Saturday, August 02, 2008

My Beater Bike

In the spirit of Xavier, a post on my beater bike. I've got different tastes than Xavier, so my bikes are a good bit different. This is a Bianchi Boardwalk that was intended for my wife. Bianchi is a huge Italian bicycle company. This is one of their "low end" (relatively) Asian-built hybrids, originally with flat handlebars. Apparently these didn't sell well, they wound up at Value City for about 1/3 their original price. (Many of their dealers were upset by this--you will rarely find the same merchandise in both a bike shop and a mass-market store)

The biggest problem with this bike is the frame geometry. The seat tube and standover is fine for my 5'2" wife, but the top tube is within 1/4 inch of my carbon-fiber racing bike, professionally fitted to my 6'1 frame. This makes it absurdly long for my wife, but easily adaptable for my size.

I've no idea why seat tube is the standard measurement for a bike. As long as it isn't too tall, it can be easily compensated for by adjusting the seat height. There is little you can do to adapt a wrong-sized top tube--a longer or shorter stem helps, but changes the feel of the steering.


Since the top tube is sized perfectly for me, I took the bike over as my beater when I found a Schwinn World Sport in her size. I prefer road bars, which meant the original shifters wouldn't work. Suntour had gone bankrupt and was no longer available new, and switching to Shimano would require a new dérailleur and freewheel. Additionally, downtube shifters aren't easily adaptable to this frame. I was able to find a compatible NOS downtube lever, and I had a bar-end adapter from a different project.




The front shifter is a 70's era Suntour non-index Power Ratchet barcon, one of the best shifters of the pre-index era. The handlebars and brakes were in my junk pile, and I left the original cables on everything but the rear shifter, so I've got one white cable, 2 silver cables and one black. The stem looks like it is set very high for a road bike, but that is another artifact of the odd frame geometry.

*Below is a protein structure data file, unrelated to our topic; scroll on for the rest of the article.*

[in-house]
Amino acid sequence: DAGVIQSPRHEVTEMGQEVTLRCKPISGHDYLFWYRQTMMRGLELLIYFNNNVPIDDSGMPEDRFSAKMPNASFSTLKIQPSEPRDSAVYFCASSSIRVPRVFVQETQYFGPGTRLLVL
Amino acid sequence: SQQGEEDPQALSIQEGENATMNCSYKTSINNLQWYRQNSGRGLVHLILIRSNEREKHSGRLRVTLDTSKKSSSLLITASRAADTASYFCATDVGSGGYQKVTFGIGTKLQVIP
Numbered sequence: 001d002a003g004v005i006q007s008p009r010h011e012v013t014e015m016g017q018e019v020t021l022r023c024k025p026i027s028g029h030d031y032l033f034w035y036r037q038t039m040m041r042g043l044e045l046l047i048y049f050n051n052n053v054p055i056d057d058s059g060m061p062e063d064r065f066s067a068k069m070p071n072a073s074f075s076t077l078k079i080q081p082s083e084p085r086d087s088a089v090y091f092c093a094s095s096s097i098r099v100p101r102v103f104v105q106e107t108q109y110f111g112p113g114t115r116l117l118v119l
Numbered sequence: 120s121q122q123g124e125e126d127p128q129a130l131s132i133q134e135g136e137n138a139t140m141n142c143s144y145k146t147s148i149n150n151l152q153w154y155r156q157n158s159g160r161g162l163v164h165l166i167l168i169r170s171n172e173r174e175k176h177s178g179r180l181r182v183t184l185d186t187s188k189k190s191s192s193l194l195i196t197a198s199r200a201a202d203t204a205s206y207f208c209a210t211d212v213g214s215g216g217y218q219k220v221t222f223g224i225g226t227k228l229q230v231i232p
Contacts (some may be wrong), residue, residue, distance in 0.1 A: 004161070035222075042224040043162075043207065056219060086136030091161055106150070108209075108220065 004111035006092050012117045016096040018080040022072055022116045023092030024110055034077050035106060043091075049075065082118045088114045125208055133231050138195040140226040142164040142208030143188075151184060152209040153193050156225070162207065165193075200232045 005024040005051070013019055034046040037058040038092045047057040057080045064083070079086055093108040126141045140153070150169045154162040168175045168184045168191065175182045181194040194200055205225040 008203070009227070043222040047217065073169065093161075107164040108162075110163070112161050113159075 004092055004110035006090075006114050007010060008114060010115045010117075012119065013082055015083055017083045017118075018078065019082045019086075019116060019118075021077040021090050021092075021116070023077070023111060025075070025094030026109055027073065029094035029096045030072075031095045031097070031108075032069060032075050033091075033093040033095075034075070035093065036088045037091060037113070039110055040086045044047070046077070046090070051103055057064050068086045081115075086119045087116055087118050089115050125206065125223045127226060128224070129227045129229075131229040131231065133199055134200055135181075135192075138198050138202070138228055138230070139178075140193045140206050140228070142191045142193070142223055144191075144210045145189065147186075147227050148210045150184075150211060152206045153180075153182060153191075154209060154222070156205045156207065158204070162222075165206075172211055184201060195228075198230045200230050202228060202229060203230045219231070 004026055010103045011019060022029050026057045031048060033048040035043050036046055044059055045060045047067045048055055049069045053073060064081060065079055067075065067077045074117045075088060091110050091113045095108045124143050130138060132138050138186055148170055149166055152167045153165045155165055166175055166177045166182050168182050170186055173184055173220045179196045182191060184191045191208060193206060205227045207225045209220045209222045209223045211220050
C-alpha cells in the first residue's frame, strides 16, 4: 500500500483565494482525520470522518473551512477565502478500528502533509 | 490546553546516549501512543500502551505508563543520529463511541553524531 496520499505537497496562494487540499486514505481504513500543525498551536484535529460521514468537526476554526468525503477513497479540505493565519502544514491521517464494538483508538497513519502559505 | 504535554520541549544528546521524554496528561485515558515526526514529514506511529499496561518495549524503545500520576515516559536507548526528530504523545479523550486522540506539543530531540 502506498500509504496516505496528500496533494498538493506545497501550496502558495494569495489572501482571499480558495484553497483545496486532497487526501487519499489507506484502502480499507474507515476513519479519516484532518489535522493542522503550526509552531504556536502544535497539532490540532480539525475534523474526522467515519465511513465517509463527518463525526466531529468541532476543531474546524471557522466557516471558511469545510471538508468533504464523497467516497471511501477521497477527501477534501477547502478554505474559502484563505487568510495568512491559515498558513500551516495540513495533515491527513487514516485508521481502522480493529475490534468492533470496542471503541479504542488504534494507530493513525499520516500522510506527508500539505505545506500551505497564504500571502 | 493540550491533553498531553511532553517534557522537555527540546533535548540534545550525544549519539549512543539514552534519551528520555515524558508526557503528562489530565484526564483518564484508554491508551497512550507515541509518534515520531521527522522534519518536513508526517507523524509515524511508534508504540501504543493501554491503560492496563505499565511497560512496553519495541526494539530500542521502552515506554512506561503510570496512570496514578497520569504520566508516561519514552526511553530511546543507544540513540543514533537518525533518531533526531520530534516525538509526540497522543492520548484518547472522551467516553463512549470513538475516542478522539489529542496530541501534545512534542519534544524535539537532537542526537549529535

Back when it was my wife's bike, it was stolen and recovered with a damaged crank. I didn't have anything compatible, so I got a cheap steel replacement. Works fine, a little heavier than ideal. If I lose 50 pounds, I might worry about weight on the bike, until then...

One water bottle cage is standard, one is a Walmart special with an adjustable rubber strap. This will hold non-bike bottles much better than the normal cage, but it isn't as convenient to get the bottle in and out of.

The wheels are Campagnolos I bought from Nashbar in the early 90's. so I could have two different sets of gears on a bike I sometimes pulled a trailer with. I think the tires are the original ones from the bike, and they are nearly perfect for my purposes-fairly smooth tread, but 38mm wide, rather than the 23mm I run on my racing bike. Being wide, I don''t have to put air in as often, being smooth they don't slow me down much, and there is just enough tread to deal with the occasional grass and mud.

The rubber ball on the kickstand is there to help keep the bike upright if I park in grass. The pedals are meant for a serious BMX bike. They are larger than standard to better support my big feet, and they have screw-in replaceable spikes to hold shoes (or especially sandals) firmly to the pedals, even when wet. The idea came from Rivendell Bike Works, the pedals came from Tipp Cyclery. These pedals are a tremendous improvement over the standard plastic pedals the bike had originally.


If I remember right, the rack came on our tandem, but I had to change it when I switched to a different type of brakes. Works fine on this bike. The panniers were at a garage sale in near new condition for $3. Very handy, and worth leaving on the bike unless I'm racing.

I've left the original seat. It isn't a great seat, but although I ride this bike often, I rarely ride it far enough that the seat becomes an issue.

No comments:

Post a Comment